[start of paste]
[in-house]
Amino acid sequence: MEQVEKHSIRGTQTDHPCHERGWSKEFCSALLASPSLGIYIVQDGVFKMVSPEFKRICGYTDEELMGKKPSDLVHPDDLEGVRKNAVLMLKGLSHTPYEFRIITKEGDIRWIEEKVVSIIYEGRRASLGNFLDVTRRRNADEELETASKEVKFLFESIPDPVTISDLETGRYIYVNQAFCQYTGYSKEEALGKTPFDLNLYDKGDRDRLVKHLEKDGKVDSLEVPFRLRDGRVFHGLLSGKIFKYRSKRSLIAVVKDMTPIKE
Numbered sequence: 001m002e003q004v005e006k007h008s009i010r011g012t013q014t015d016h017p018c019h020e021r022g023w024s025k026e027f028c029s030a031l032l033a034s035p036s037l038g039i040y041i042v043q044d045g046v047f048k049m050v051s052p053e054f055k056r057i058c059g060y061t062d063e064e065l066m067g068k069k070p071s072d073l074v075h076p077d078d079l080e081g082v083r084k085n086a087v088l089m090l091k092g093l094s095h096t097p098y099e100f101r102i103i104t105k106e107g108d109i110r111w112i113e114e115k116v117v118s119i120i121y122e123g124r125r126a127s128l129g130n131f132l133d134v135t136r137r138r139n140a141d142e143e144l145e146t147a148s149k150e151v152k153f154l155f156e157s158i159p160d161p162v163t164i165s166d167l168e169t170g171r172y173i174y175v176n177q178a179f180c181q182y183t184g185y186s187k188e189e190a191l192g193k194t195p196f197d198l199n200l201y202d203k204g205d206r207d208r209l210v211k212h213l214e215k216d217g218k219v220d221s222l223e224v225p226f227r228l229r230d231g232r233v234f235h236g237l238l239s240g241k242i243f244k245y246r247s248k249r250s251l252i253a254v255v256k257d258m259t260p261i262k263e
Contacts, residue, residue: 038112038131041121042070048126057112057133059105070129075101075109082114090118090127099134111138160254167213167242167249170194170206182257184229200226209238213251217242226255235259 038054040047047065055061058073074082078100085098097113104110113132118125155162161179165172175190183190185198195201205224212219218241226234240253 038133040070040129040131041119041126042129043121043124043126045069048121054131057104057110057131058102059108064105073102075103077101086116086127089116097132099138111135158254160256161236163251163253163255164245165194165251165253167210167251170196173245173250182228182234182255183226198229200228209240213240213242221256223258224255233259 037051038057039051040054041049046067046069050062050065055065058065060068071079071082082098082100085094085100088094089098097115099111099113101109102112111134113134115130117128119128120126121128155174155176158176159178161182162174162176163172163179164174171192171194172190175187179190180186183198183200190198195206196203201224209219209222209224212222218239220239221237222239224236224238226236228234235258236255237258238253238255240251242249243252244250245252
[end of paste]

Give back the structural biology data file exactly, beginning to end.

[in-house]
Amino acid sequence: MEQVEKHSIRGTQTDHPCHERGWSKEFCSALLASPSLGIYIVQDGVFKMVSPEFKRICGYTDEELMGKKPSDLVHPDDLEGVRKNAVLMLKGLSHTPYEFRIITKEGDIRWIEEKVVSIIYEGRRASLGNFLDVTRRRNADEELETASKEVKFLFESIPDPVTISDLETGRYIYVNQAFCQYTGYSKEEALGKTPFDLNLYDKGDRDRLVKHLEKDGKVDSLEVPFRLRDGRVFHGLLSGKIFKYRSKRSLIAVVKDMTPIKE
Numbered sequence: 001m002e003q004v005e006k007h008s009i010r011g012t013q014t015d016h017p018c019h020e021r022g023w024s025k026e027f028c029s030a031l032l033a034s035p036s037l038g039i040y041i042v043q044d045g046v047f048k049m050v051s052p053e054f055k056r057i058c059g060y061t062d063e064e065l066m067g068k069k070p071s072d073l074v075h076p077d078d079l080e081g082v083r084k085n086a087v088l089m090l091k092g093l094s095h096t097p098y099e100f101r102i103i104t105k106e107g108d109i110r111w112i113e114e115k116v117v118s119i120i121y122e123g124r125r126a127s128l129g130n131f132l133d134v135t136r137r138r139n140a141d142e143e144l145e146t147a148s149k150e151v152k153f154l155f156e157s158i159p160d161p162v163t164i165s166d167l168e169t170g171r172y173i174y175v176n177q178a179f180c181q182y183t184g185y186s187k188e189e190a191l192g193k194t195p196f197d198l199n200l201y202d203k204g205d206r207d208r209l210v211k212h213l214e215k216d217g218k219v220d221s222l223e224v225p226f227r228l229r230d231g232r233v234f235h236g237l238l239s240g241k242i243f244k245y246r247s248k249r250s251l252i253a254v255v256k257d258m259t260p261i262k263e
Contacts, residue, residue: 038112038131041121042070048126057112057133059105070129075101075109082114090118090127099134111138160254167213167242167249170194170206182257184229200226209238213251217242226255235259 038054040047047065055061058073074082078100085098097113104110113132118125155162161179165172175190183190185198195201205224212219218241226234240253 038133040070040129040131041119041126042129043121043124043126045069048121054131057104057110057131058102059108064105073102075103077101086116086127089116097132099138111135158254160256161236163251163253163255164245165194165251165253167210167251170196173245173250182228182234182255183226198229200228209240213240213242221256223258224255233259 037051038057039051040054041049046067046069050062050065055065058065060068071079071082082098082100085094085100088094089098097115099111099113101109102112111134113134115130117128119128120126121128155174155176158176159178161182162174162176163172163179164174171192171194172190175187179190180186183198183200190198195206196203201224209219209222209224212222218239220239221237222239224236224238226236228234235258236255237258238253238255240251242249243252244250245252